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UnitedLinux OS to make public debut

This month, the public will get its first look at the unified version of Linux for businesses, developed by a four-company consortium. Can it really challenge niche leader Red Hat?

UnitedLinux is set to release a preview of its standard version of the Linux operating system for businesses, the four-company consortium said Wednesday.

The preview, due for launch the first week of September, will give potential customers their first chance to evaluate the results of the combined effort by Turbolinux and the SCO Group (formerly Caldera International) in the United States, Conectiva in Brazil, and SuSE in Germany to combine their software efforts to create a uniform version of the operating system for corporations.

The UnitedLinux distribution is based on SuSE's Enterprise Server (SLES) product, but the public beta should reveal how technology has been integrated from the group's other three partners. Version 1.0 of the distribution is expected in November.

As the new software is tailored for the enterprise, its main competition will be Linux software distributor Red Hat's Advanced Server; both are designed to downplay Linux's traditional do-it-yourself flexibility in favor of rock-solid stability. However, UnitedLinux will deliver more for the money than Advanced Server, according to Gregory Blapp, SuSE's vice president for international business and a member of UnitedLinux's board.

"What Red Hat is doing is taking the box, charging $600 more and saying, 'Now you can call us for 12 months,'" Blapp said. "The product is almost the same--not 100 percent--but very close."

SuSE's Enterprise Server and UnitedLinux have had many more resources sunk into customizing the software the way that hardware vendors such as IBM and Hewlett-Packard want it, he said.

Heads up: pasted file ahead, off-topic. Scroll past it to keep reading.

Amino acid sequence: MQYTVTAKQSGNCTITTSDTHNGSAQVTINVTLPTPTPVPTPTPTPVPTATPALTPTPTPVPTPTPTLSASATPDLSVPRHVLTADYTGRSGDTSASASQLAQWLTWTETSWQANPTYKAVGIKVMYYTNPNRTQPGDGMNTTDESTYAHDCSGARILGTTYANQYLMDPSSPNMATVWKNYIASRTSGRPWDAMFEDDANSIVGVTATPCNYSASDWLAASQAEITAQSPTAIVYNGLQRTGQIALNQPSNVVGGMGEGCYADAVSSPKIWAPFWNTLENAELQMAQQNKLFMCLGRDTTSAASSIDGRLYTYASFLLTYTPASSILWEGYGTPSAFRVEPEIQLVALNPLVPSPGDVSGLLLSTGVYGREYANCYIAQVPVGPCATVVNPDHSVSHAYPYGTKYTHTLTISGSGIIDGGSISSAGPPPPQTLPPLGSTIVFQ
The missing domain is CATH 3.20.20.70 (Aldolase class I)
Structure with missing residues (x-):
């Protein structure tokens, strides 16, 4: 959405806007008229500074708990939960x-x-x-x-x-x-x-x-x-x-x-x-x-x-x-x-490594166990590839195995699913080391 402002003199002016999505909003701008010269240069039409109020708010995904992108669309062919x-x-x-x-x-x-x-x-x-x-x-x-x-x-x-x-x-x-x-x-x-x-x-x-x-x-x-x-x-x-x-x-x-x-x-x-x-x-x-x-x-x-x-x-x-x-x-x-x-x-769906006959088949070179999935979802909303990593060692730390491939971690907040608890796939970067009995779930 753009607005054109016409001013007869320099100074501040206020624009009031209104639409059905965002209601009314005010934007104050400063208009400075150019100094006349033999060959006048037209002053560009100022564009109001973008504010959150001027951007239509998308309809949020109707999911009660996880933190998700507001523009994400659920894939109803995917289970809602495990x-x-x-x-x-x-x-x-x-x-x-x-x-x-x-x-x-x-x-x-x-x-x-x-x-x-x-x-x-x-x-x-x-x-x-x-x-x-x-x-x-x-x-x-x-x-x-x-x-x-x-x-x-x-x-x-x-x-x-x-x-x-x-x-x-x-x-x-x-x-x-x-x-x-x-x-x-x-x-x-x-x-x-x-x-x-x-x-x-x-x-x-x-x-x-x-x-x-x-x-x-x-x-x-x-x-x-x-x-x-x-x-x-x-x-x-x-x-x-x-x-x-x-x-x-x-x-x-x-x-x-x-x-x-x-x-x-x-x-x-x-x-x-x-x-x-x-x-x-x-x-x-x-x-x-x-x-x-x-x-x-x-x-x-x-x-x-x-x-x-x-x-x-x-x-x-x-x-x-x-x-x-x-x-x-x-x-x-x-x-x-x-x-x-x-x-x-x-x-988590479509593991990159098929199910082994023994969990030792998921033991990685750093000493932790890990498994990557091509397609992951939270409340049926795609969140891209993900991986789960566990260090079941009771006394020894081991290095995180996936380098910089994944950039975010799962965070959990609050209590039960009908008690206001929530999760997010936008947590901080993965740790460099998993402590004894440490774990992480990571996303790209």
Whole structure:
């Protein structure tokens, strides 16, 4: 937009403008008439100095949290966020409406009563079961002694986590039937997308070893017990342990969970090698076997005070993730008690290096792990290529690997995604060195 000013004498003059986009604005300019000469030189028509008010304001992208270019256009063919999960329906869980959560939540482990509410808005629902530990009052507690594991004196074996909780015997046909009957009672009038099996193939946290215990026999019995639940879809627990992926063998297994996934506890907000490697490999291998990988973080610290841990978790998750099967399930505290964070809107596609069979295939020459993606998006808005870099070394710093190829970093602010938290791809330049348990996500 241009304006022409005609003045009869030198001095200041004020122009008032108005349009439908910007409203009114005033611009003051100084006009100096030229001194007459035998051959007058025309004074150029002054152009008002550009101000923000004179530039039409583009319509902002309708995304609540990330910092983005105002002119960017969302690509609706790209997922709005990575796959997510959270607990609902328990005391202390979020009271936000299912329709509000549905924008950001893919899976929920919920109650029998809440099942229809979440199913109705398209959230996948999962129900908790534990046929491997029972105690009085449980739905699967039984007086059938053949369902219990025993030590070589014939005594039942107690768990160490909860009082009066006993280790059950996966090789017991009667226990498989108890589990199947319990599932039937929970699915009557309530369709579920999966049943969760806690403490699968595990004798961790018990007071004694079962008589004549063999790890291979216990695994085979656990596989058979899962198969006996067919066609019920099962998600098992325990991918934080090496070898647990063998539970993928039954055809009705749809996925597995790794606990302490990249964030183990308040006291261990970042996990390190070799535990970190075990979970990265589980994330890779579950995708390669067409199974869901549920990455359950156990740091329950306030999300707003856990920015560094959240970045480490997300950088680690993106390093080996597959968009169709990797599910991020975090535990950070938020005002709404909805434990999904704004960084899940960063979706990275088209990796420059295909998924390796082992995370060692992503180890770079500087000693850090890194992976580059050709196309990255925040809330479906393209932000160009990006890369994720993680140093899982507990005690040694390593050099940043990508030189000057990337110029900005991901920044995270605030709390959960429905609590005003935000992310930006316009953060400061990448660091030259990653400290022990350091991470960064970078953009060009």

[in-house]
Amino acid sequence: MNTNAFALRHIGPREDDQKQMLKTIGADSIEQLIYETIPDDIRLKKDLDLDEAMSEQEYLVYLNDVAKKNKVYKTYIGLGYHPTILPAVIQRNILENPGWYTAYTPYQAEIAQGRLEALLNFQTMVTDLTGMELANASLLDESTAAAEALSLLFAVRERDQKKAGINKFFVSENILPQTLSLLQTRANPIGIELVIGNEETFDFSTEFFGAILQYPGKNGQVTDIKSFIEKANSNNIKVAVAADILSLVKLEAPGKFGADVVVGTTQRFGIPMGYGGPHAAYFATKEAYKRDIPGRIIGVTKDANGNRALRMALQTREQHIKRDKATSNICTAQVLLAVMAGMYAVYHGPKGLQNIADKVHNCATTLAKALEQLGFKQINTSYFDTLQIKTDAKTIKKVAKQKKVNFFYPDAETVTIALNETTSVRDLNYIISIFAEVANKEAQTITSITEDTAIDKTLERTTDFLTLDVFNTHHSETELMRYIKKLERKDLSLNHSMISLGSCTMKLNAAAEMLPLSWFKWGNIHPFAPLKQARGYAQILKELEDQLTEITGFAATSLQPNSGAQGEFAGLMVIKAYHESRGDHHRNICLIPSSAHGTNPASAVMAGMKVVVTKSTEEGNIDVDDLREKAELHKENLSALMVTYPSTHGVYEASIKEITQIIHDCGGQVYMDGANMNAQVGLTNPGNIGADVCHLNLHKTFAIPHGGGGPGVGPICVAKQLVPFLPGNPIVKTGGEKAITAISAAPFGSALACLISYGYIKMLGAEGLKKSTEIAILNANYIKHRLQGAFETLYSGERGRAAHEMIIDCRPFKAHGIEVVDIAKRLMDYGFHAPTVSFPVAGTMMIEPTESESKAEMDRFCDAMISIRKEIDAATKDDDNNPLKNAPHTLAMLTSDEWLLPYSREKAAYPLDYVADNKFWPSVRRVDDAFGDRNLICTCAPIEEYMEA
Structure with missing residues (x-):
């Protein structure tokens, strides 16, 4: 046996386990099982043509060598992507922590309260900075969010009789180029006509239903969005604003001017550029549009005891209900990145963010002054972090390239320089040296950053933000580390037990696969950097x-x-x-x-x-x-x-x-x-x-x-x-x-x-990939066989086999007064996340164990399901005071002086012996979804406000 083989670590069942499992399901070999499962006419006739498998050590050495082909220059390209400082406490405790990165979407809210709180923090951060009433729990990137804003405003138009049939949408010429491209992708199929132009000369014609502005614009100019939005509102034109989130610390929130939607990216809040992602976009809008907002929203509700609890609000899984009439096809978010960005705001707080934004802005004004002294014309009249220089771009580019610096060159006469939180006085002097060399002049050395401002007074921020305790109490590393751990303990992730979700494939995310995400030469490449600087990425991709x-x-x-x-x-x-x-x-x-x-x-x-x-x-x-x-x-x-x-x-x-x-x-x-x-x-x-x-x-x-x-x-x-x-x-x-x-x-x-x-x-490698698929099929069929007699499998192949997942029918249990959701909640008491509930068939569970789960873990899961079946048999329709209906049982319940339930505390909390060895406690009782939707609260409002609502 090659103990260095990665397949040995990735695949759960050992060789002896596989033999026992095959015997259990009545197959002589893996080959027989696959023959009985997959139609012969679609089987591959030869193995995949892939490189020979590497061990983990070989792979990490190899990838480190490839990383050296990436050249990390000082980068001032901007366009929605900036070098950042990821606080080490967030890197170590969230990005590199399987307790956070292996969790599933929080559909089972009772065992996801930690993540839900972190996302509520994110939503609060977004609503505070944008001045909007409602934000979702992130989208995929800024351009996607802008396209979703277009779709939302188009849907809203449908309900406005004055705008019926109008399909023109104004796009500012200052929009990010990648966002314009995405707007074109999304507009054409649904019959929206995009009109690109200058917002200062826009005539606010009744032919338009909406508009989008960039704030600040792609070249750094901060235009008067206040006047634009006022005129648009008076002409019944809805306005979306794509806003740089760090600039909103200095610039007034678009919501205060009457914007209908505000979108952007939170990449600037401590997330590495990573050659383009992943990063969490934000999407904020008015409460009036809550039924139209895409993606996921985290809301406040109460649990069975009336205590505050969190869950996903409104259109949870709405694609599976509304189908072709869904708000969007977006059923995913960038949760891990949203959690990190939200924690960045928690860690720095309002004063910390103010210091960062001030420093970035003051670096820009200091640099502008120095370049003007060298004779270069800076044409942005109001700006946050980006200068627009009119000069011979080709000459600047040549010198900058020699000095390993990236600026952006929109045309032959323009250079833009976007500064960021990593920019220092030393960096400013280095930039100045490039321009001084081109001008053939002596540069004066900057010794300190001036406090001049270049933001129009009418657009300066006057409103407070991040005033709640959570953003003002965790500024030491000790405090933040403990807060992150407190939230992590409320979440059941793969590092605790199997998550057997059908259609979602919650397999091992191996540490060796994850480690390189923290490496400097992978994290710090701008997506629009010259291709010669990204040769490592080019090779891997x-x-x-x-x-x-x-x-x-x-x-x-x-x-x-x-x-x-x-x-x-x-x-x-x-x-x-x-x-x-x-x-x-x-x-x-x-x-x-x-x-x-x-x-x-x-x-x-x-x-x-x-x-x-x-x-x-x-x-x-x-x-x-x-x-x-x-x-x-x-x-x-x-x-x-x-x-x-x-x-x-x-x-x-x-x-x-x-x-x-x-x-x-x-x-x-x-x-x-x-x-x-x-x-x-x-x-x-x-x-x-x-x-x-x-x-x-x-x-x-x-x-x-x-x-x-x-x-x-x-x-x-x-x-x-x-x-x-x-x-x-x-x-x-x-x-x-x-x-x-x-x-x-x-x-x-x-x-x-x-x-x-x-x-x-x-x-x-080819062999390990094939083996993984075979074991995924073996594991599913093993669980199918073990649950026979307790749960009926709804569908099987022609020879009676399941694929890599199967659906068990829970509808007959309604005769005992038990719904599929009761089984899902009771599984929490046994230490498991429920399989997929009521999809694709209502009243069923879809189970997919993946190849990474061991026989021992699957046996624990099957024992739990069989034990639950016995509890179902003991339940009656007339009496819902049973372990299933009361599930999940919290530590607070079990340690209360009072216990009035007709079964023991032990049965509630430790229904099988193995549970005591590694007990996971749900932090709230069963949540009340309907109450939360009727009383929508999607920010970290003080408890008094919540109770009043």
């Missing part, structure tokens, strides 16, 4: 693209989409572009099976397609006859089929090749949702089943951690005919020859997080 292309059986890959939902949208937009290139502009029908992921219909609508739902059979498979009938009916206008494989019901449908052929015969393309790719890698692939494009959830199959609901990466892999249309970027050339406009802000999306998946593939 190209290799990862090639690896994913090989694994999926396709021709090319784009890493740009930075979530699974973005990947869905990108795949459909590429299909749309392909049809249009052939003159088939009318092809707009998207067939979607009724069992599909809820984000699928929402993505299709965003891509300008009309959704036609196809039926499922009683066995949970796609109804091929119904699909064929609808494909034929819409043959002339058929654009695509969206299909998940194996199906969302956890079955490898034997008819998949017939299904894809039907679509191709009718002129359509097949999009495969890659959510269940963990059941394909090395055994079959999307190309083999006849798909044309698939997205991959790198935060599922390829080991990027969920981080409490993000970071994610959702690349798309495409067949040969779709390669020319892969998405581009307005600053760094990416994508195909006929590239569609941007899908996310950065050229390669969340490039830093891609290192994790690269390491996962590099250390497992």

The response to the first UnitedLinux beta, which was released only to large UnitedLinux customers, was positive, Blapp said.

UnitedLinux members have all agreed to use practically the same software, down to the installation and configuration tool, which will be SuSE's Yast2. Originally, the members were planning to customize each version of the UnitedLinux distribution, but customers said that this made no sense, Blapp said.

Differentiation between the members' UnitedLinux products will mainly come down to branding, with each partner deciding how prominently to feature the UnitedLinux brand. In Germany, where SuSE is well known, SuSE said it will place less emphasis on that brand, but may "put a bigger UnitedLinux sign on the box" in markets such as the United Kingdom.

UnitedLinux shifts, but stays
Recent changes at the SCO Group and Turbolinux that suggested the UnitedLinux partners might be moving away from Linux have not altered the group's direction, Blapp said. Last month, the SCO Group changed its name from Caldera International to reflect its main business, Unix. However, the shift has not lessened the company's commitment to UnitedLinux, Blapp said.

Last month also saw Turbolinux sell its Linux business and name to Software Research Associates, a Japanese company. This should increase the company's focus on its core market in Asia, Blapp said.

UnitedLinux said it will name a general manager for the United States team next week. SuSE's vice president for development, Markus Rex, said that the regional expertise of companies such as SuSE, Conectiva and Turbolinux would help lure big business customers to UnitedLinux.

"Now we can start going into corporate clients by the front door (and start) making Linux a part of their strategic business plans," he said. "A lot of clients have been waiting for this."